Picture: REUTERS
Picture: REUTERS

Iron ore producer Assore expects to benefit from the weaker rand, which slid past R15.50 to the dollar on Tuesday.

The currency was reacting to news that the SA economy had entered a recession after it experienced negative economic growth in the first and second quarters of 2018.

The weaker currency works in favour of Assore, which also produces manganese and chrome, because it means mostly cheaper costs and higher income from sales.

The rand fell further on Wednesday to R15.69.

On Thursday evening it was trading at R15.32.

"The business itself remains insulated from the SA economy and sells 95% of its product into global markets," said Assore CEO Charles Walters.

"Obviously as SA citizens we are concerned about reasons for the blowout and local economic woes we struggle with … mine community issues and the like," he said. Assore, which is the equal partner in Assmang with African Rainbow Minerals, on Thursday reported profit for the year to end-June of R5.175bn, up from R5.138bn. The company declared a dividend of R12, taking the full-year return for shareholders to a record R22, significantly up from R14 per share in 2017. Assore is a tightly held stock with a market value of R47.7bn.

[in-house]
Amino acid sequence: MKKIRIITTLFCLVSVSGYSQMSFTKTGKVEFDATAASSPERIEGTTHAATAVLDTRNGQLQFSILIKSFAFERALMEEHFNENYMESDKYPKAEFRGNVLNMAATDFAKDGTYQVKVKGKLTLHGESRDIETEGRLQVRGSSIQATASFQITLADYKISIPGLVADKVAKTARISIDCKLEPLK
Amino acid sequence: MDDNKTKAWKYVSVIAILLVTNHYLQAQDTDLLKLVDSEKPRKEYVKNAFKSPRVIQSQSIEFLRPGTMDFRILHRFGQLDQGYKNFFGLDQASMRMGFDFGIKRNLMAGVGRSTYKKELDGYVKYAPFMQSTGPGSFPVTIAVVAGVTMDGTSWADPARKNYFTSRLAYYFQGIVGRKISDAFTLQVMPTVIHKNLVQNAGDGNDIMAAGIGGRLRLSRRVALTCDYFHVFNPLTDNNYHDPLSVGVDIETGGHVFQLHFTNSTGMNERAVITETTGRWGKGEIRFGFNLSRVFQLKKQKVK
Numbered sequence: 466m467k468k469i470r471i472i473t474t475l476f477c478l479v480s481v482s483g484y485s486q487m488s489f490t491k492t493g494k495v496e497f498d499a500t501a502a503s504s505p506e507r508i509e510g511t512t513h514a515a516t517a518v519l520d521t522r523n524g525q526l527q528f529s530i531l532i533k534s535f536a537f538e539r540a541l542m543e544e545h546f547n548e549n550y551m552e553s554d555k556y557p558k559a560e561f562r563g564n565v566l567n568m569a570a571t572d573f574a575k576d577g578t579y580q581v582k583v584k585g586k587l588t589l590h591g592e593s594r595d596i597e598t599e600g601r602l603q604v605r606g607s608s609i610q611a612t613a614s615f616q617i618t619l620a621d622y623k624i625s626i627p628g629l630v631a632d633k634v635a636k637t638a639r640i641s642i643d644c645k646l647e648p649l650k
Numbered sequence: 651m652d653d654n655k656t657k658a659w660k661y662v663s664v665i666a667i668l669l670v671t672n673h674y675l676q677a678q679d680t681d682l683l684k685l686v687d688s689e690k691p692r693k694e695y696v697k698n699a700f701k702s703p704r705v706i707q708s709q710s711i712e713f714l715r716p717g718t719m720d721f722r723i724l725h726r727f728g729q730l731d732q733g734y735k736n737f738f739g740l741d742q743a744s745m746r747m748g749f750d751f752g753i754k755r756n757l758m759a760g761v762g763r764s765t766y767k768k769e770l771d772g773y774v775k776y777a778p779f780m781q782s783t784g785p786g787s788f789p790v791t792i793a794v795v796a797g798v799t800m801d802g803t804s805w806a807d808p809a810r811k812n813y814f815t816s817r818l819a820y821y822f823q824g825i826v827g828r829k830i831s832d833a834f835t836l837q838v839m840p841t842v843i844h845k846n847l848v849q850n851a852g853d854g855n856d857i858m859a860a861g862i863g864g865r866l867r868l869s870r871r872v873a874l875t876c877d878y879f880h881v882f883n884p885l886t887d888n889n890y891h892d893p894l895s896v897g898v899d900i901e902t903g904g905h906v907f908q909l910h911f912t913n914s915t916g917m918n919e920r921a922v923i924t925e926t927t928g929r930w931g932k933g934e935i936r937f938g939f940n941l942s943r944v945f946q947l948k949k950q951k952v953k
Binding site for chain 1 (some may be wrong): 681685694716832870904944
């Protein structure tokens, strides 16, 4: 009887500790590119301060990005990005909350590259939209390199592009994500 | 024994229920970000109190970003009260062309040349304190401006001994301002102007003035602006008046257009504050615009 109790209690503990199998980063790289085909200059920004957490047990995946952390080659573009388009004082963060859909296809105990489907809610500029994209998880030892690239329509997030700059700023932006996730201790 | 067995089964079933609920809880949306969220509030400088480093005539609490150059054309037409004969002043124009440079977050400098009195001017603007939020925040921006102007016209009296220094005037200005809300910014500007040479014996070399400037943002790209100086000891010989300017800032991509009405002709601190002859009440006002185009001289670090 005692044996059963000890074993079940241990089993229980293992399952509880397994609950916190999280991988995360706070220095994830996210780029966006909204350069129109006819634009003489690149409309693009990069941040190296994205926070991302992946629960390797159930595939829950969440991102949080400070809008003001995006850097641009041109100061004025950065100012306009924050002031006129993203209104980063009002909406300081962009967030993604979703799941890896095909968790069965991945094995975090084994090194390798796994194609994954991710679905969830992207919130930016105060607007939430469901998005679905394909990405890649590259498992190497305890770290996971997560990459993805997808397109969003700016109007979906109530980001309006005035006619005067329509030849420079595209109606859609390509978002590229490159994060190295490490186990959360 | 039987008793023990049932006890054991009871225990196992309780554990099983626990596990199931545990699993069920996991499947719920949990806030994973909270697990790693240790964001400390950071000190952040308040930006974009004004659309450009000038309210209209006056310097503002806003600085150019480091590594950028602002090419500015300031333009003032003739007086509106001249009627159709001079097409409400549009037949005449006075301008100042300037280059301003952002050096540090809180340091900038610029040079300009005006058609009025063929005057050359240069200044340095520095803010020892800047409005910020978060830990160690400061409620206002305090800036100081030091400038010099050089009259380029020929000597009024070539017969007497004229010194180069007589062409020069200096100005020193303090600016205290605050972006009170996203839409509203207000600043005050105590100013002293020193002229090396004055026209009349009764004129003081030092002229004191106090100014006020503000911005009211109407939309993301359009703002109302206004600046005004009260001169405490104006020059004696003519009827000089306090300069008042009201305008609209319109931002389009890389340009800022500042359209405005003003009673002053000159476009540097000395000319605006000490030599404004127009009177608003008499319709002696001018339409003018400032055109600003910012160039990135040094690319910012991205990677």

Walters said cash has been retained for growth purposes, although there are no new projects on the horizon as yet. Assmang has, however, approved spending of R2.7bn over the next few years to modernise Gloria, a manganese mine in its Black Rock operations in the Northern Cape.

The effect on the business of a potential trade war between the US and China has been muted. "What we hear in rhetoric and what’s actually happening are two different things," said Walters.

He said it is also important to differentiate the crude steel market in China, which is expanding production at more than 6% a year and is less affected by steel tariffs imposed by the US. On the stainless steel side, the Chinese do export quantities of the product to the US and that is causing some weakness in chrome pricing.

Walters said Assore benefits from having high-quality ores, which fetch higher prices than other players in the world.